Estoppel and Government Contracts Under Article 299 of Indian Constitution

Estoppel and Government Contracts Under Article 299

 

Article 299 of the Indian Constitution is deals with contract read as: 

299. Contracts


(1) All contracts made in the exercise of the executive power of the Union or of a State shall be expressed to be made by the President, or by the Governor of the State, as the case may be, and all such contracts and all assurances of property made in the exercise of that power shall be executed on behalf of the President or the Governor by such persons and in such manner as he may direct or authorise


(2) Neither the President nor the Governor shall be personally liable in respect of any contract or assurance made or executed for the purposes of this Constitution, or for the purposes of any enactment relating to the Government of India heretofore in force, nor shall any person making or executing any such contract or assurance on behalf of any of them be personally liable in respect thereof
 

As a general rule, when a contract between the government and a private person does not fulfil the requirements of Article 299(1), it can’t be enforced the state or government even by the invoking the doctrine of estoppel. 

 
Supreme Court in Mulamchand v. State of MP AIR 1968 SC 1218, rule that : 
 A case involving a commercial contract, between the Union of India and a private individual is not in the form required by Art. 299(1), it is void and it can’t be enforced against the government. Article 299 is mandatory and thus, estoppel could not apply. 
 
In N. Ramanath Pillai v. State of Kerala AIR 1973 SC 2641, the state government after a appointing the petitioner to a civil post for a fixed tenure, but state government abolished the post before the expiry of his term. Supreme Court held that government can’t be estopped from abolishing the post. The case establishes the proposition that the government can’t be estopped from committing a breach of its constractual obligations.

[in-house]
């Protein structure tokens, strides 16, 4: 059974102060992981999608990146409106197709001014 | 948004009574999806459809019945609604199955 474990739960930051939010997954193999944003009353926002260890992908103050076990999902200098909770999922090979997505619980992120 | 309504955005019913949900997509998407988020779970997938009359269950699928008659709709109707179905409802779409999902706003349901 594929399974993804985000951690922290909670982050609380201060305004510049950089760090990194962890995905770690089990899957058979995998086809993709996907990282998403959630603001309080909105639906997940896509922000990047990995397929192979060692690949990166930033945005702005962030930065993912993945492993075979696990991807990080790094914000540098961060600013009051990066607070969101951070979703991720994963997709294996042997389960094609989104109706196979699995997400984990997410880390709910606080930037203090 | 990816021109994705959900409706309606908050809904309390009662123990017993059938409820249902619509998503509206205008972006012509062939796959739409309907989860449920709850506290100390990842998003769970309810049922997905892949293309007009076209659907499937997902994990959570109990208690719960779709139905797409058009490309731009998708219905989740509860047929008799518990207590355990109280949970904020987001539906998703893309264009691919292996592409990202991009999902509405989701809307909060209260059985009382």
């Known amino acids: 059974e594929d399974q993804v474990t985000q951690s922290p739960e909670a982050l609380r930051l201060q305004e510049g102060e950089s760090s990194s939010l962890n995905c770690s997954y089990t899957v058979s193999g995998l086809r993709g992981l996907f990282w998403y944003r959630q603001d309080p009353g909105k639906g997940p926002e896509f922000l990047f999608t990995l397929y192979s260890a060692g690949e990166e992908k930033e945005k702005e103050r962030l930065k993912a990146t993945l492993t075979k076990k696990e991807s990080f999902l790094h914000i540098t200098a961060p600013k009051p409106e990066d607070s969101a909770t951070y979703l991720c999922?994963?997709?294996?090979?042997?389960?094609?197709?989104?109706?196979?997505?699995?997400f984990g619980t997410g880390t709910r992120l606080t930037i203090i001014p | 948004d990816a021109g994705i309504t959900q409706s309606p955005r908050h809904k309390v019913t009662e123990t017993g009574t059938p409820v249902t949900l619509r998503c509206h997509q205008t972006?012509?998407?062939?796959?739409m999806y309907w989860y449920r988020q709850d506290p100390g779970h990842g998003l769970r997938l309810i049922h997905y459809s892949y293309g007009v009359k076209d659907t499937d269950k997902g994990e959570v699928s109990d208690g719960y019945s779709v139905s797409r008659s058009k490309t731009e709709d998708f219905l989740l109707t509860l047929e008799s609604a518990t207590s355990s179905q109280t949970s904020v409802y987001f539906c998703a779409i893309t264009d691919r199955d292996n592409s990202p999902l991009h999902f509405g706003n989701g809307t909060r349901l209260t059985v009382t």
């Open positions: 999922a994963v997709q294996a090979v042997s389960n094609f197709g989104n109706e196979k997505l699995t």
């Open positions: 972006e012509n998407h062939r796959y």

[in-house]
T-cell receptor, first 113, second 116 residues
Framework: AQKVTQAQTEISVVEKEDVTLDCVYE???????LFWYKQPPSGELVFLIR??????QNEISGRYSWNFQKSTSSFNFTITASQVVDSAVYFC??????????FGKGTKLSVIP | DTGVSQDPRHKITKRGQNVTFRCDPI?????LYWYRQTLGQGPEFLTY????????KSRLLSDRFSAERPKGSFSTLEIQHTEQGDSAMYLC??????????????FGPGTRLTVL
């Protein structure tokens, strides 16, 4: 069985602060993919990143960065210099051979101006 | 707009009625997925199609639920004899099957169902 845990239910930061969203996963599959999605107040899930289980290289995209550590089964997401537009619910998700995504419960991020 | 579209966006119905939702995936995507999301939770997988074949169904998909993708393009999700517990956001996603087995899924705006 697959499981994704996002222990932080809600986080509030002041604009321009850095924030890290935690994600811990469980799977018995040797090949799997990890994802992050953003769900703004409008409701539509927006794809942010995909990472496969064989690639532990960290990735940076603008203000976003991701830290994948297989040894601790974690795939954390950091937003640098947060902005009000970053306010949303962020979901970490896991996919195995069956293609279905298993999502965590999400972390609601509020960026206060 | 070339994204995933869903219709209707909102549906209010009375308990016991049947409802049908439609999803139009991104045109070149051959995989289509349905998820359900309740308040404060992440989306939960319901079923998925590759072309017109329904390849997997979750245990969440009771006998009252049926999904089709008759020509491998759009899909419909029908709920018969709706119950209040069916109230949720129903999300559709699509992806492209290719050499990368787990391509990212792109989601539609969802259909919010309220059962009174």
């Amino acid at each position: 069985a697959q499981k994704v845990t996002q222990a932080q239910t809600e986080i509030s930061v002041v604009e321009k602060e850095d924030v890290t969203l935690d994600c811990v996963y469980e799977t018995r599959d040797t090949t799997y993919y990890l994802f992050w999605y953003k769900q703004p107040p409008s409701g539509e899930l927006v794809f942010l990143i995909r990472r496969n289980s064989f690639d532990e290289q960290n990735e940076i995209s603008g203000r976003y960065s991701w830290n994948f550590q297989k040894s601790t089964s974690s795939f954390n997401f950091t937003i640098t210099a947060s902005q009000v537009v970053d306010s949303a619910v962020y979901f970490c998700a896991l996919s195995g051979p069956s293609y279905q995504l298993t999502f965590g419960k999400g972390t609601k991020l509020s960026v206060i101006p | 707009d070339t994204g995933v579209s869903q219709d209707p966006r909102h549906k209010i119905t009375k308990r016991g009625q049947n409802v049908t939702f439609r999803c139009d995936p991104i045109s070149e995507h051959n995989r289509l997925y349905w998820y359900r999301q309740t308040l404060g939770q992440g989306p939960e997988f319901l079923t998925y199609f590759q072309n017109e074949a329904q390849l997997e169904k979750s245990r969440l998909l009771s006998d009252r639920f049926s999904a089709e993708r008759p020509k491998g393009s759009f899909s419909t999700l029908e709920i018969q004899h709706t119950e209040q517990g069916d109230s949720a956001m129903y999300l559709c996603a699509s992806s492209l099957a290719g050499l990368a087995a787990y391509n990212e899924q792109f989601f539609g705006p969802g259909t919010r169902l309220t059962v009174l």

In D.F.O v. Ram Sanehi Singh AIR 1973 SC 205 the court ruled that it was a well established principle that id an official intended to pass any order to the prejudice of a party, involving civil consequence or attaching to pass any order to the party concerned should be told the case against him and he  should be afforded a reasonable opportunity to represent his cases before the authority concerned. The Supreme Court had definitely laid down that a High Court in its extraordinary jurisdiction under Article 226 was empowered to enforce the equities arising in favour of the petitioner out of the representation amounting to a promise made by the government, and as a result of which the petitioner altered his postition to his prejudice, even though a contract as envisaged by the relevant provisions had not come into existence.  Here the writ was issued because cancellation unilaterally by the government of a contract with a private party raised questions of estopel and natural justice. 
 
Reference: 
M.P Jain & S.N. Jain, Principles of Administrative Law